A Brief History of Peacebuilders Camp at Koinonia Farm
In the spring of 2009, Marilyn McGinnis, who was then teaching history at a small private school in Atlanta, led a group of six middle schoolers on an overnight field trip to Koinonia Farm in Americus. The goal was to learn about the farm’s role in the Civil Rights Movement and about the work of unsung heroes, both past and present, who have helped bring about about social change. The impact that this brief visit to Koinonia made on the students was impressive, and Marilyn began to consider how other youth could benefit from a similar experience. At the same time, she began to identify other places in the Americus vicinity that provided opportunities to teach and inspire youth, and the idea for a week-long camp focusing on human rights and peacemaking was born.
Marilyn teamed up with co-teacher Jonah McDonald, who had plenty of experience organizing and leading excursions for youth and adults, and together they established Peacebuilders Camp early in 2010. After a year and a half of planning, sixteen campers and two volunteer counselors joined Jonah and Marilyn in Americus in June of 2011 for the first Peacebuilders Camp. Together they spent a week immersed in the Universal Declaration of Human Rights, in Koinonia’s intentional community, in farm life, and in conversation with activists making a difference in their world. Interspersed with all the serious thinking and discussions was plenty of time for swimming, basketball, campfires, hayrides, water fights, storytelling, and crazy fun. Jonah and Marilyn realized what potential for transformation their program provided for youth from many different backgrounds, and committed themselves to developing a structure so that camp could continue for many more years.
That structure has continued to develop since the first year. Peacebuilders Camp 2012 reduced the number of campers to twelve so that stronger relationships could develop between campers and with the adult leaders. Jonah and Marilyn that year also recognized the gifts that volunteer counselor Erica Schoon brought to the program and asked her to join the leadership team as the third co-director. As planning for Peacebuilders Camp 2013 began, the team decided to take a leap of faith and expand camp to two weeks, one week for each of two different age groups. Largely due to Erica’s tireless effort, those two weeks filled with eager campers. With paid counselors for the first time, camp was even more successful than in the past.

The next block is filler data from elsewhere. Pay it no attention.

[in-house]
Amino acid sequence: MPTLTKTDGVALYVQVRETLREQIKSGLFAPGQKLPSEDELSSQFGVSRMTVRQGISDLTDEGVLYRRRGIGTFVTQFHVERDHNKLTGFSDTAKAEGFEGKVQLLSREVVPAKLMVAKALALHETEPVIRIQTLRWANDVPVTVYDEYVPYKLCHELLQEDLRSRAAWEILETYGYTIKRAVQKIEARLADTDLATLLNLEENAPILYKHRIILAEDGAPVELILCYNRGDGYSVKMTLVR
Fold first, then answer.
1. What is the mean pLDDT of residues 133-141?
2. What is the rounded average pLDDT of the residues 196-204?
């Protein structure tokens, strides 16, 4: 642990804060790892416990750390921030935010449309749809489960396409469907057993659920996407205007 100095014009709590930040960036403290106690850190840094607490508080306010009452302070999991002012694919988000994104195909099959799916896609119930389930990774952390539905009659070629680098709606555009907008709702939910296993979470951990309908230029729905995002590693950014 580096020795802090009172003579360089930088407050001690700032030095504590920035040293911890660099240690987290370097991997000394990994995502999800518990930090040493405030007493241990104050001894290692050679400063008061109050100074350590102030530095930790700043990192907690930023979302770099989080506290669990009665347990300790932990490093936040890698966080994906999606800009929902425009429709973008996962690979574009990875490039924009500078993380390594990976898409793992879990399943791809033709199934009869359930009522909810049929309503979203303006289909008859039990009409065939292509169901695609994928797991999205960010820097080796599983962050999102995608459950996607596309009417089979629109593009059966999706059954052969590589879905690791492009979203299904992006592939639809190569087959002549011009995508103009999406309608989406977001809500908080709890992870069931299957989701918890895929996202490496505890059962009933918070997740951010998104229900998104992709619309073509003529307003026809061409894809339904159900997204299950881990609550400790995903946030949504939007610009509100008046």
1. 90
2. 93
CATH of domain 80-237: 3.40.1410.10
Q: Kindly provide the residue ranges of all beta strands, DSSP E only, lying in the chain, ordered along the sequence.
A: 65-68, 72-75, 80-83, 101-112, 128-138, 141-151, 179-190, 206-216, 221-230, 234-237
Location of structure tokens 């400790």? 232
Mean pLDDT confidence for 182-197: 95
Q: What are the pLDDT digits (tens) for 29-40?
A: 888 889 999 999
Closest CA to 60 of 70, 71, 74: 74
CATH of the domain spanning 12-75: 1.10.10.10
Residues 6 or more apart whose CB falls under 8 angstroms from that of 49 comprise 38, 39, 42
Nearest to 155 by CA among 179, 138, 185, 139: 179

Also in 2012, an advisory board was convened to bring new ideas and energy to Peacebuilders’ program, and to provide logistical and moral support to the co-directors. Advisors come from diverse backgrounds and communities, and include local activists, parents of former campers, representatives from religious communities, staff from some of the sites that campers visit, and folks from Koinonia Farm as well.
Another change in structure since the first year of camp has been a more formal partnership with Koinonia Farm itself. Now under Koinonia’s fiscal and programatic umbrella, Peacebuilders Camp at Koinonia Farm enjoys even more support and involvement from the partners, interns, and volunteers at Koinonia.
The camp curriculum, too, has continued to evolve. Still based solidly on the UDHR, the specific rights highlighted and the venues visited each year have changed slightly. In 2013, a mid-week visit to Andersonville National Historic Site was added to the schedule along with a discussion of war and the possibilities for peacemaking even in times of conflict. A tour and service project at Perry Wellness Center expanded the conversation around the right to healthcare to include mental health services. Facilitators from Art as an Agent for Change helped campers discover how their creative talents can be harnessed for peacemaking. As new resources in and around Americus become available and issues within society change, Peacebuilders’ curriculum and programing will continue to offer relevance and challenge to young people passionate about changing their world for the better.
Each summer, a new journey awaits. Come join us!